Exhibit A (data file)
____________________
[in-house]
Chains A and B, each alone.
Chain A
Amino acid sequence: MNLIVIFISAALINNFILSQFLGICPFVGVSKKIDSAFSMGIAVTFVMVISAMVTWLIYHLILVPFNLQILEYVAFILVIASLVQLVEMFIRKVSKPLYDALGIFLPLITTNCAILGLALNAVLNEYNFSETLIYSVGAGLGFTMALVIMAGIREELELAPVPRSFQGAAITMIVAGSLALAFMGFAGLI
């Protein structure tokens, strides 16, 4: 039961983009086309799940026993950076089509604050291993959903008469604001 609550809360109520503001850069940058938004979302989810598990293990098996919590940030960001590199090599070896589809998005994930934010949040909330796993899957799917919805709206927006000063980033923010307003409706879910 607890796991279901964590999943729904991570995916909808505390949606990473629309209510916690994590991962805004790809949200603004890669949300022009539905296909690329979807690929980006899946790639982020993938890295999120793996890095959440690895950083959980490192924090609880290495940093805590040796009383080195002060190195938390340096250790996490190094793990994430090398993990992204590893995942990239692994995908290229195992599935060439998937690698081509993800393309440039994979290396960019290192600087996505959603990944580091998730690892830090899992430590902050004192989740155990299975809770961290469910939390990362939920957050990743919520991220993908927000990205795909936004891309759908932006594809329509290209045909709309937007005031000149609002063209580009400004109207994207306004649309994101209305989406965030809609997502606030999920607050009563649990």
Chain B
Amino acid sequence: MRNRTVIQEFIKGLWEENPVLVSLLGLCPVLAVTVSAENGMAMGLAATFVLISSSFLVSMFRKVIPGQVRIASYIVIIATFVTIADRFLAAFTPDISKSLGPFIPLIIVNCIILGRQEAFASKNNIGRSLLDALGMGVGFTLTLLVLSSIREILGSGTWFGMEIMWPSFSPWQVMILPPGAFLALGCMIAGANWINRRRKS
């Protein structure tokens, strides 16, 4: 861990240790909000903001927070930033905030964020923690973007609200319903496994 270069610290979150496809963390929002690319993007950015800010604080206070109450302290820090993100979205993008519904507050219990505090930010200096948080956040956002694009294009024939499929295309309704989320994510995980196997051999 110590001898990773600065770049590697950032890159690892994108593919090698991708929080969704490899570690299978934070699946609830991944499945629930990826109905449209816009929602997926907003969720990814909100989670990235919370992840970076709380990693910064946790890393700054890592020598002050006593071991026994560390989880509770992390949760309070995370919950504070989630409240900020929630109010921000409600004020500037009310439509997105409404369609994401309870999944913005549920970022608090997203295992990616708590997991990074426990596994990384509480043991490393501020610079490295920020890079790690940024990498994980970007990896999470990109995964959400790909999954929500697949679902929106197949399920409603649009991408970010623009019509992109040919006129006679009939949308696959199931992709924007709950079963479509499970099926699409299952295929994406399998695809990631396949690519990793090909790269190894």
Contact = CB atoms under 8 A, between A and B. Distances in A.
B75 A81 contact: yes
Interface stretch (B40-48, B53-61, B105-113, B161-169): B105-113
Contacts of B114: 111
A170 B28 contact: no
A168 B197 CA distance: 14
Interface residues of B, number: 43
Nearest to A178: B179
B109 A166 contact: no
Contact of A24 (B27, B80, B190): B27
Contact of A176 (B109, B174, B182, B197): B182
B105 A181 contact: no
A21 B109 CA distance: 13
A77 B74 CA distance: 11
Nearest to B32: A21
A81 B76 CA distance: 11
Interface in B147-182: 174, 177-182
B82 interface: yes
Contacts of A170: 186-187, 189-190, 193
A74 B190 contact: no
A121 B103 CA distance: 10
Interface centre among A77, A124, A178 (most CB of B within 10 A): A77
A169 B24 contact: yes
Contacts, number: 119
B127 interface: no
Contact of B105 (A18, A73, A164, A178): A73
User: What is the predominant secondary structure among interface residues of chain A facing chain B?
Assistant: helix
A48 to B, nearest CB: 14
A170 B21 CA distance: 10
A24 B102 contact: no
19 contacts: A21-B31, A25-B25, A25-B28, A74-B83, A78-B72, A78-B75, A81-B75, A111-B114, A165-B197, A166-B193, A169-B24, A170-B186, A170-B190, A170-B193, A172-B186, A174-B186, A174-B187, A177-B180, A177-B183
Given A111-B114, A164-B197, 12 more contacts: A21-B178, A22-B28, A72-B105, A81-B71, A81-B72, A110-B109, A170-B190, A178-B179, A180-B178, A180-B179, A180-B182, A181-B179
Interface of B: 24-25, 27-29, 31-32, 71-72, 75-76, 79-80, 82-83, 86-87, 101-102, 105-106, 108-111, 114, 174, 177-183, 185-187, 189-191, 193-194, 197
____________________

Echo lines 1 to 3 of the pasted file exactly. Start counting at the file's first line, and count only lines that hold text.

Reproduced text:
[in-house]
Chains A and B, each alone.
Chain A